Setting up effective inventory management may not be simple but it is vital to get this aspect of hospital administration right.

Managing inventory is:

  • a critical process that underpins the delivery of quality patient care
  • one of the largest budget areas for the hospital
  • a major contributor to the organization’s commercial success

Although hospital inventory management systems need to be robust, they also have to be flexible, as the fallout from disrupted supply chains during COVID has taught us.

With such a lot at stake, inventory management merits high-level priority, however, it’s a complex and cross-organizational issue. Inventory may have the operating room at its core but as the diagram below shows, there are key periphery functions involved in ensuring that medical supplies are available upon demand. A holistic approach is therefore needed so that the system works across the medical inventory supply chain.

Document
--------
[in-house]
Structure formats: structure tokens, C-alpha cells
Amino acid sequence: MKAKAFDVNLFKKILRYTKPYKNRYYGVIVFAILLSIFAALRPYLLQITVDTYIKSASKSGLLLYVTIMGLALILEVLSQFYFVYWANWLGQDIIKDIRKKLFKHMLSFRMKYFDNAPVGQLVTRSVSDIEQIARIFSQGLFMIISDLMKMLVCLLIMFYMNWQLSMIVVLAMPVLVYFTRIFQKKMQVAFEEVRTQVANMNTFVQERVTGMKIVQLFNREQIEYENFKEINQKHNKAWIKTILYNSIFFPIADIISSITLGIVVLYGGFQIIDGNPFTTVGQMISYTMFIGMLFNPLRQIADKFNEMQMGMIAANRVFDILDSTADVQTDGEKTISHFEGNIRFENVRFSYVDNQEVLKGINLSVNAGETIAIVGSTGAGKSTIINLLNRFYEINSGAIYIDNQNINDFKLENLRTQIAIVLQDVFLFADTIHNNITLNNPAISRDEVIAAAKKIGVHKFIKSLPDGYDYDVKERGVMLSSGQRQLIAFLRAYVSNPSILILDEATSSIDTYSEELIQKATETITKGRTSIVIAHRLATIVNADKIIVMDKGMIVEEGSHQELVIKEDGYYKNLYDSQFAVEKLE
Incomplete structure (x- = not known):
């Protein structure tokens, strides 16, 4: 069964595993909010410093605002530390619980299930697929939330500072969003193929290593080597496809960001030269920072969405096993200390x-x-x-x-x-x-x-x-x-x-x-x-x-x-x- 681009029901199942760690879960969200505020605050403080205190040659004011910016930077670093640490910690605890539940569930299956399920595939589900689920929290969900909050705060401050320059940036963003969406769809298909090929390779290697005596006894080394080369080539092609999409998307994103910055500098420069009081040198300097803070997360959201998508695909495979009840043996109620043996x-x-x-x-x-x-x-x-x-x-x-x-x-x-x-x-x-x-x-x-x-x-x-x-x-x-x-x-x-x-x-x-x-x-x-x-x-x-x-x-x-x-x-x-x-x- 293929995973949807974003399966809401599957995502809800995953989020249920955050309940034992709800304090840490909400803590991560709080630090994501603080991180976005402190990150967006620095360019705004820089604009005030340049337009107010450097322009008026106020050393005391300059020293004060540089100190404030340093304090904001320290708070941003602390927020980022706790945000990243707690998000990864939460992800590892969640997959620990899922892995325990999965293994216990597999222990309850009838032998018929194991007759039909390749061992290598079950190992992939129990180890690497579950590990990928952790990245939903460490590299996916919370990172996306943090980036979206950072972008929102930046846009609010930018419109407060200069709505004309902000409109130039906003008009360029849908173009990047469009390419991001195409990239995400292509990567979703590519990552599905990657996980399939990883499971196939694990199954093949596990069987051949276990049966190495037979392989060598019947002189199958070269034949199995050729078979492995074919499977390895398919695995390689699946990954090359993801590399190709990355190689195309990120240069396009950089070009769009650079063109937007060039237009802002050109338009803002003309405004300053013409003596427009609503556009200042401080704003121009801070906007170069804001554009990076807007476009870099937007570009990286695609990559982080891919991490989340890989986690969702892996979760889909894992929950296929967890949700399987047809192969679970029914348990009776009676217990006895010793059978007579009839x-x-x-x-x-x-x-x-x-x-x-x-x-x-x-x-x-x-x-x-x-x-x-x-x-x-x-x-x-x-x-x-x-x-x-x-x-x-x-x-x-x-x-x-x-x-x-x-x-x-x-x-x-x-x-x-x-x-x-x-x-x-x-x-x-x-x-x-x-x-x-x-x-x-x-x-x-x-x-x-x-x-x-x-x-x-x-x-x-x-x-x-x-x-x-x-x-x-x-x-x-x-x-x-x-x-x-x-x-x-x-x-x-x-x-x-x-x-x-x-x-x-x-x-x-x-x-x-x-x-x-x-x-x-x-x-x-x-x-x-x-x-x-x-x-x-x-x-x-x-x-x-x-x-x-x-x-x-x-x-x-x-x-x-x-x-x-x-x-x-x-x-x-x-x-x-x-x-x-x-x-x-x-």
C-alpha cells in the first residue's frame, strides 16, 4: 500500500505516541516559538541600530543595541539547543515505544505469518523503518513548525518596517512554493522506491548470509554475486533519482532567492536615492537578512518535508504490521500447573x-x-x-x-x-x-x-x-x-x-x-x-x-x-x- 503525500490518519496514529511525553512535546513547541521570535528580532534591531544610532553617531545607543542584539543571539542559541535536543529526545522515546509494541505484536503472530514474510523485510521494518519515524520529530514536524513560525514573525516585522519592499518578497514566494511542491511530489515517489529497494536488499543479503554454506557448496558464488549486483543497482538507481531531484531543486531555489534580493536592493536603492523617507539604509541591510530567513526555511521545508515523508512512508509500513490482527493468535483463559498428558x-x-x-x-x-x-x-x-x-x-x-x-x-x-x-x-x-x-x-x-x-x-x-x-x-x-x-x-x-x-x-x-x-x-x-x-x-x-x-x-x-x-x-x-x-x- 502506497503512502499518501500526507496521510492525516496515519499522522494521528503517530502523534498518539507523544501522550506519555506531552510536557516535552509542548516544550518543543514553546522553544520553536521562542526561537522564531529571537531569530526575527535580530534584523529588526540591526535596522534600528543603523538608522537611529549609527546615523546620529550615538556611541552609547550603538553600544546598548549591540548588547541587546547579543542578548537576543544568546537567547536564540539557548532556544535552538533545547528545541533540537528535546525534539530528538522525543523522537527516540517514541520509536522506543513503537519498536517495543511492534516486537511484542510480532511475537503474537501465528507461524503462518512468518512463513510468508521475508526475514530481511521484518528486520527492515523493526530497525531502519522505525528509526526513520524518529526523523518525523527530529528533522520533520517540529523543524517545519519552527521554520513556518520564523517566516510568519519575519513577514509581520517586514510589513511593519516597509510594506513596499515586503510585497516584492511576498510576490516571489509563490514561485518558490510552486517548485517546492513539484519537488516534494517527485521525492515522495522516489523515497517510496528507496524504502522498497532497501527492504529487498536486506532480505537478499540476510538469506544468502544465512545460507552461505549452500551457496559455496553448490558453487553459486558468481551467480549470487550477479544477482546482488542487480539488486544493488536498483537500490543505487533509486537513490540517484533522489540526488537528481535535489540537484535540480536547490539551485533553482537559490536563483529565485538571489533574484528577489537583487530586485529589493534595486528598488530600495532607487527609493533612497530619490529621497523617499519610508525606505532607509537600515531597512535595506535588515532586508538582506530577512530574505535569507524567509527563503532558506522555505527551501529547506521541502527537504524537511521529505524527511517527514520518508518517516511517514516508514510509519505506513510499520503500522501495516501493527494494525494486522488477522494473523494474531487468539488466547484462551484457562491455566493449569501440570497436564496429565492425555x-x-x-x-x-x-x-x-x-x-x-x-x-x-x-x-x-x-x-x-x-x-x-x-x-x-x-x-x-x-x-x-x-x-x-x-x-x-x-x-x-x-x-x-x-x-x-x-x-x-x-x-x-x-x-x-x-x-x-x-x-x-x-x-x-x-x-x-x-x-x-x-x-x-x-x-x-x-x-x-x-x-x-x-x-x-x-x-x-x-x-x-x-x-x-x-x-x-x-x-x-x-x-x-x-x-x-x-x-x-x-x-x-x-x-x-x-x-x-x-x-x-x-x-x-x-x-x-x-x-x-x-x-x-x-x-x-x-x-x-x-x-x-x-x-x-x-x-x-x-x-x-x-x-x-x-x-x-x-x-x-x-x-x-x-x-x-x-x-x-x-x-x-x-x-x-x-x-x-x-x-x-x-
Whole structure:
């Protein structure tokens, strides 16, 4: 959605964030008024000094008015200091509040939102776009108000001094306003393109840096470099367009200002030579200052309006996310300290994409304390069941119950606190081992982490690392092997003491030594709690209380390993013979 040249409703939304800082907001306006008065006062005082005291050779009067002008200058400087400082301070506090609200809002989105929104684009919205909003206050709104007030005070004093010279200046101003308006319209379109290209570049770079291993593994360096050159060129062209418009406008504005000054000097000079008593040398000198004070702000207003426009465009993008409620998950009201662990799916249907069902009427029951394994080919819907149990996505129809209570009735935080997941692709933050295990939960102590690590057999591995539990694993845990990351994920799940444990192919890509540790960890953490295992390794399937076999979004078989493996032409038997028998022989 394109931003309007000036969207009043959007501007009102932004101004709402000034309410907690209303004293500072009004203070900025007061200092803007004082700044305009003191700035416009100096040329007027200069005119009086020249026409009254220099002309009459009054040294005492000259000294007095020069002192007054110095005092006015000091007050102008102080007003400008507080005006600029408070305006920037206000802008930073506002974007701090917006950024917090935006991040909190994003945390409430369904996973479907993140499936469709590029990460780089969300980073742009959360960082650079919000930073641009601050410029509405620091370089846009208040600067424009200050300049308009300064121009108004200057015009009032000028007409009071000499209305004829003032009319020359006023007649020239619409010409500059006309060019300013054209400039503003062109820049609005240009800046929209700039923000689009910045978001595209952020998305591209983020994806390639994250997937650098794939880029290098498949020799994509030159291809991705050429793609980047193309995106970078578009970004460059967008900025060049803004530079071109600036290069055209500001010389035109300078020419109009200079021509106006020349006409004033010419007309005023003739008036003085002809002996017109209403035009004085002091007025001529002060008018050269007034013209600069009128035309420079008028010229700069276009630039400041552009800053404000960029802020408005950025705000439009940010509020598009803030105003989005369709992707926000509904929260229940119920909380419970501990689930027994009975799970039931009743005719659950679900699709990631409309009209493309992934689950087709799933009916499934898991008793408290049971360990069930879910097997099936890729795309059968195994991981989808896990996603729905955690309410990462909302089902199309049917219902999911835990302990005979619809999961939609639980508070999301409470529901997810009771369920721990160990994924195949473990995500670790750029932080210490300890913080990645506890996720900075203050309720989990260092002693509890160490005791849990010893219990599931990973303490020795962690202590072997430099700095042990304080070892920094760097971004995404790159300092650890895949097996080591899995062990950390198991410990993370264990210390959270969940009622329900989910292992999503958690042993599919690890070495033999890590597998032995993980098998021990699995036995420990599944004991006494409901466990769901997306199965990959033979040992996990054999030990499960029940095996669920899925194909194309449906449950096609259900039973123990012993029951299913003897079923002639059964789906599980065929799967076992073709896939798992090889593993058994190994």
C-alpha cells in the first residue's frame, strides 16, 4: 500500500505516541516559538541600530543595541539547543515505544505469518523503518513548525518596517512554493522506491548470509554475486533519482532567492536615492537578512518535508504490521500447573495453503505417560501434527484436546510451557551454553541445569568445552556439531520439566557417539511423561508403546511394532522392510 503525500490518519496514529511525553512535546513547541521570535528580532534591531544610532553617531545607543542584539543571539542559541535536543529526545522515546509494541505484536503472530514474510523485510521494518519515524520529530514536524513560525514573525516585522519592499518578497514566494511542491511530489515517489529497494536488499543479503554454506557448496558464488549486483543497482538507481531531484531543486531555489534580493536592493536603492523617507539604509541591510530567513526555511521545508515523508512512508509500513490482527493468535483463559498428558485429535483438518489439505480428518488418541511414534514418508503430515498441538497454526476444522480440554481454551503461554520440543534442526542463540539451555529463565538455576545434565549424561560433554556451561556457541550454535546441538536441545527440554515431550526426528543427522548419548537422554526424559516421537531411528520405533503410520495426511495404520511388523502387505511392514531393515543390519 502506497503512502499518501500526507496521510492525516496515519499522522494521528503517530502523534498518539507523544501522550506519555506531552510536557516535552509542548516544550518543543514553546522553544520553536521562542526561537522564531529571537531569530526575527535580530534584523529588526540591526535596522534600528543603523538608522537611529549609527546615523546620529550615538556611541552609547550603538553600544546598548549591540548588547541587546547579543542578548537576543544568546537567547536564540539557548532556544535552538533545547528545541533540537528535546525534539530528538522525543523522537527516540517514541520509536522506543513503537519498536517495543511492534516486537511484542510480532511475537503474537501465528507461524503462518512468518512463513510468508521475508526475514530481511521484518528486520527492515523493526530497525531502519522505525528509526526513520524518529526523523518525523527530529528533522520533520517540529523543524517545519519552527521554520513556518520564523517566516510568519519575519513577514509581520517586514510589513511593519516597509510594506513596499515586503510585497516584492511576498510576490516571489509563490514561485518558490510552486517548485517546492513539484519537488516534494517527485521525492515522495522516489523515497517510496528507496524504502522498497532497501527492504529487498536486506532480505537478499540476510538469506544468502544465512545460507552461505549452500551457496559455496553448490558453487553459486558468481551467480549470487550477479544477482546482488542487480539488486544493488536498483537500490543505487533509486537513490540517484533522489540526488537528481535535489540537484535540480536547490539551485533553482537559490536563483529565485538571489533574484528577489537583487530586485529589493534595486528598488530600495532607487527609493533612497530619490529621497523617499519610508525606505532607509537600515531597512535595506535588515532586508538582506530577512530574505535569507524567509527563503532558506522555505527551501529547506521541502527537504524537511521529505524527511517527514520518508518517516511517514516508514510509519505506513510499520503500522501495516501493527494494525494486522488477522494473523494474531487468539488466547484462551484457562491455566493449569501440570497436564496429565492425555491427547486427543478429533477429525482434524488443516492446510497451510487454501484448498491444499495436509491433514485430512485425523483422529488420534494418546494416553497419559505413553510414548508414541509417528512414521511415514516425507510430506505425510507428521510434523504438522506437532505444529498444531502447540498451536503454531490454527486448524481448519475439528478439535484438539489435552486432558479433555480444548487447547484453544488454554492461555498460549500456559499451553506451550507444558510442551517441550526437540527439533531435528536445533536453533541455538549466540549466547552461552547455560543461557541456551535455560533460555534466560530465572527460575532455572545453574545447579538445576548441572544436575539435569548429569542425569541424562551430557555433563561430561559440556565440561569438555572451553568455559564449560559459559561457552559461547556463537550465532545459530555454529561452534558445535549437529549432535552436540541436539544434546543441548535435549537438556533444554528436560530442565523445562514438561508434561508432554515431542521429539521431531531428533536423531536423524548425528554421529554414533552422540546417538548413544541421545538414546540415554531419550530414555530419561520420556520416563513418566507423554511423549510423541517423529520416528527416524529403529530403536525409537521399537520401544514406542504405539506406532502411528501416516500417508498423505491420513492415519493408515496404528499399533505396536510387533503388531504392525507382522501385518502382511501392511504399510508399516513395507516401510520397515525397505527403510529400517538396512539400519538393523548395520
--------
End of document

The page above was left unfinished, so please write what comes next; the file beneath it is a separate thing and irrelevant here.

Supply Chain leads to hospital OR


Medical Inventory Procurement and Tracking

Inventory management in hospitals, simply put, just means that hospitals need to ensure they carry adequate stock to meet patients’ needs however, in practice the unpredictable nature of operating rooms means that it is impossible to anticipate every need. Hospitals never know who is going to walk through their doors and what medical needs they will have. Even for planned surgeries, decision-making happens in real-time meaning that specific or additional inventory requests can be made on the spot. Some of these requests may require a transfer from outside of the department or delivery directly from suppliers – and these items are particularly susceptible to remaining untracked in the hospital inventory management system.